In a context of an unprecedented tightness on the global gas market, European and Asian spot prices continued their dizzying ascent in the third quarter of 2021. The historic surge became more pronounced as the year progressed and the market tightened.
In Europe, low gas inventories, reduction of both regional production and pipeline imports (from Russia and Norway) as well as record-high carbon prices have propelled the TTF price, which provided a price floor for north-east Asian LNG.
In September, international spot prices went stratospheric, spurred by fresh European concerns over Russia’s ability to increase pipeline exports and continued competition for spare LNG cargoes from Asia and South America.
Spot prices also spiked in Asia. The Asian bull run was mainly driven by gains on the Dutch TTF hub. At the regional level, LNG demand outpaced LNG supply, which underperformed due to a series of unexpected outages.
In a context of post-Covid economic recovery and an induced rebound of the prices of all energy commodities, the second quarter 2021 saw an unprecedented and steady rally of international spot prices, driven by growing European and Asian gas demand.
In Europe, low gas inventories, an unseasonable and persistent cold weather as well as the highest recorded carbon prices have propelled the TTF price, which provided a strong upside to Asian spot prices.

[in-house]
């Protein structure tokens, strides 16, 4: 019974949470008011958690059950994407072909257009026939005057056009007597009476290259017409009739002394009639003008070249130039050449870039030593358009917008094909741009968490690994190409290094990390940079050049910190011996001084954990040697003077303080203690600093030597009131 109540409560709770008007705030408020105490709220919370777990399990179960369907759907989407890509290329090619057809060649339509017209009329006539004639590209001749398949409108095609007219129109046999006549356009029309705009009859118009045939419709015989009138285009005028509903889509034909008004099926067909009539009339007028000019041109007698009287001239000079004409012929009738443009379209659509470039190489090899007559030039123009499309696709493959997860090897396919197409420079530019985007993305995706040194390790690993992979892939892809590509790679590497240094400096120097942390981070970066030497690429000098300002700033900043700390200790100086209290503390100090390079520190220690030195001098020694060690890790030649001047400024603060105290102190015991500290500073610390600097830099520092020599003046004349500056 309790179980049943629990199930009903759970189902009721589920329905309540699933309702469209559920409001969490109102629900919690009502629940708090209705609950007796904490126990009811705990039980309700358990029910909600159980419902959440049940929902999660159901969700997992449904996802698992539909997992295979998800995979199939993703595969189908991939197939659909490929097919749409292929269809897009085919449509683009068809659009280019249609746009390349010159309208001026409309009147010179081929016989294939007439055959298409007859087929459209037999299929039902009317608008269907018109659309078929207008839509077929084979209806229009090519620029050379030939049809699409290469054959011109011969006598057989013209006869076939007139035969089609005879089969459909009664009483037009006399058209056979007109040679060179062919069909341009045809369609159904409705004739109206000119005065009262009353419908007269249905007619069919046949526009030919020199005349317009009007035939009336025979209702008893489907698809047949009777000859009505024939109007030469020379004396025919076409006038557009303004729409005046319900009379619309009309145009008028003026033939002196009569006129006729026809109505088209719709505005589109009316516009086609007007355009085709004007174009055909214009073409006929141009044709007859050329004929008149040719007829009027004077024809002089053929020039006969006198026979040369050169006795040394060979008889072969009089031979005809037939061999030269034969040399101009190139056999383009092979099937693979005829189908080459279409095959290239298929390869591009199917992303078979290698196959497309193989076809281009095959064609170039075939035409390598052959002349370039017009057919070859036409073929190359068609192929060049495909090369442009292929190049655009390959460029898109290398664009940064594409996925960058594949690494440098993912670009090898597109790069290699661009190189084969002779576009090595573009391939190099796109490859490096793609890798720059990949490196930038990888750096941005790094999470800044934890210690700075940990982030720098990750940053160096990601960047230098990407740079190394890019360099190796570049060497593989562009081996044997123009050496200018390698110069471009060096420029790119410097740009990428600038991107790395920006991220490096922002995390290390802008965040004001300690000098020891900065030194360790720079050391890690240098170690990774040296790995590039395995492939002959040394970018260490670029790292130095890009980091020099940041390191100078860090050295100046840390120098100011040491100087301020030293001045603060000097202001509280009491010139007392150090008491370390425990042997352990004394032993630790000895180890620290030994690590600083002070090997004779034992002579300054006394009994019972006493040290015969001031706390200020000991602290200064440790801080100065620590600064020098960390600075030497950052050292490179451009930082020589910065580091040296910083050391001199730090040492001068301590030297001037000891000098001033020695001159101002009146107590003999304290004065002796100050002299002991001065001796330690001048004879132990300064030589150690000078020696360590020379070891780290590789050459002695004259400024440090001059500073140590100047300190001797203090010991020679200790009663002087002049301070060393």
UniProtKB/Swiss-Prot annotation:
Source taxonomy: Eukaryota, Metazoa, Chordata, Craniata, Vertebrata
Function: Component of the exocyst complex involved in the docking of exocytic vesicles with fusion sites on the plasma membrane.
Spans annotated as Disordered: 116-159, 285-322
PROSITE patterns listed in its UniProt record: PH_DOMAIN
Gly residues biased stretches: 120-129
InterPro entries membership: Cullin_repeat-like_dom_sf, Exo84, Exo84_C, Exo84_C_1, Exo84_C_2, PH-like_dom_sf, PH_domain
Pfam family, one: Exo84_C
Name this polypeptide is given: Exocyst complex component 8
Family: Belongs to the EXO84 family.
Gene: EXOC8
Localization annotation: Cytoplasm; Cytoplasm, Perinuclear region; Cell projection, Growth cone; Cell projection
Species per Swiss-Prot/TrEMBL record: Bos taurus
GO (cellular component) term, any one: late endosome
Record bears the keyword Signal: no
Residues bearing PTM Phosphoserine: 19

During the second quarter, Asian spot prices rose even faster than European spot prices because of surging Chinese LNG demand, rising oil prices and LNG supply outages. This results in a growing price premium to the European price. During the second half of June, Northeast Asian spot LNG prices have jumped by $2 to $13/MBtu at the end of the month, more than $10/MMBtu higher than they were this time last year and their highest levels since 2014 for the same summer period.
Low storage inventories, combined with robust winter demand in both Asia and Europe kept spot prices relatively high in the first quarter 2021.
In the first half of January, Asian and European spot prices spiked to all-time highs as extremely cold weather coincided with tight supply. The Northeast Asian spot price peaked at $30/MBtu by mid-January, opening the widest premiums on record.
European and Asian spot prices retreated in the second half of January as buying focus shifted to the March and April shoulder months. Moreover, temperatures had warmed and nuclear availability improved in Japan, while supplies were creeping up in Asia.